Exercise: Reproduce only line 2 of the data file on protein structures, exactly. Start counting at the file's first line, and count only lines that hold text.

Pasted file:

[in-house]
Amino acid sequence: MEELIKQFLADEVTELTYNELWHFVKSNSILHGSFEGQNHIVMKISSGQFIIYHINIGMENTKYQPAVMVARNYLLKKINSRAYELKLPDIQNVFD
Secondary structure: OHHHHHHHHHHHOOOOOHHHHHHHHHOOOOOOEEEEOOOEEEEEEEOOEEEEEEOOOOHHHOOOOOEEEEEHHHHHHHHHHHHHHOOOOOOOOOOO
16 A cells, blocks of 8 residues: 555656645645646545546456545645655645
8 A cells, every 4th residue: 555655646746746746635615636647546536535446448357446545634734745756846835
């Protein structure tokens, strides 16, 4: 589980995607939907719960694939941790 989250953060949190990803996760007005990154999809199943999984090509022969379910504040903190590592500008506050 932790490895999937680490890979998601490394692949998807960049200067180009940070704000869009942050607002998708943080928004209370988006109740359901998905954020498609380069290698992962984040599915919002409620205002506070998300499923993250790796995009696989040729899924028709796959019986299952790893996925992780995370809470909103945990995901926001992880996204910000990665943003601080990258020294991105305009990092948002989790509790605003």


Amino acid sequence: MEELIKQFLADEVTELTYNELWHFVKSNSILHGSFEGQNHIVMKISSGQFIIYHINIGMENTKYQPAVMVARNYLLKKINSRAYELKLPDIQNVFD